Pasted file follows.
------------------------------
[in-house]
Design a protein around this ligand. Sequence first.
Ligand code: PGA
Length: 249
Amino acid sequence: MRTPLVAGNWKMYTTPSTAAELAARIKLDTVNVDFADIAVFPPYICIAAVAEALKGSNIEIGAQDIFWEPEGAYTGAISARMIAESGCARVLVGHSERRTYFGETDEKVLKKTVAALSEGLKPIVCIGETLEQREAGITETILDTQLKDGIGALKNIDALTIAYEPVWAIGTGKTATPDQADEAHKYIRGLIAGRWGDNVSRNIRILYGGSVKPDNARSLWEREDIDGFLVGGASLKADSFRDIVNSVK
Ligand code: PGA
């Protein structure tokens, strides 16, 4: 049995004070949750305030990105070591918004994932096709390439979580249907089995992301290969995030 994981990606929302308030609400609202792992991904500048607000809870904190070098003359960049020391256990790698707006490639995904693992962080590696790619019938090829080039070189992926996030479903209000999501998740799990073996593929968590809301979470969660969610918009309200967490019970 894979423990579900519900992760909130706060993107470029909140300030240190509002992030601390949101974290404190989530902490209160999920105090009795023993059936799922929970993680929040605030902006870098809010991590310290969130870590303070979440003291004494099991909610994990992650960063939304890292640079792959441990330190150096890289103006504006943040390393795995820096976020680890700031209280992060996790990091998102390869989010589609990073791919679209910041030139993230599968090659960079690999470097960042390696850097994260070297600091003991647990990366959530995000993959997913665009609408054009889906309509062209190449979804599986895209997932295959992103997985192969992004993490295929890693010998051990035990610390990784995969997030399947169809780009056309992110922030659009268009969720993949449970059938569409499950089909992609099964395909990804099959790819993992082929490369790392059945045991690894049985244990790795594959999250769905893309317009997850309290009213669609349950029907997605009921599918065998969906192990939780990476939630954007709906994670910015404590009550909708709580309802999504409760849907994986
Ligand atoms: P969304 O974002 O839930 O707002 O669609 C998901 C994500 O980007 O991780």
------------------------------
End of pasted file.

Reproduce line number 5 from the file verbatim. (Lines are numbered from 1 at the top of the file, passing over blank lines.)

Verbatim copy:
Amino acid sequence: MRTPLVAGNWKMYTTPSTAAELAARIKLDTVNVDFADIAVFPPYICIAAVAEALKGSNIEIGAQDIFWEPEGAYTGAISARMIAESGCARVLVGHSERRTYFGETDEKVLKKTVAALSEGLKPIVCIGETLEQREAGITETILDTQLKDGIGALKNIDALTIAYEPVWAIGTGKTATPDQADEAHKYIRGLIAGRWGDNVSRNIRILYGGSVKPDNARSLWEREDIDGFLVGGASLKADSFRDIVNSVK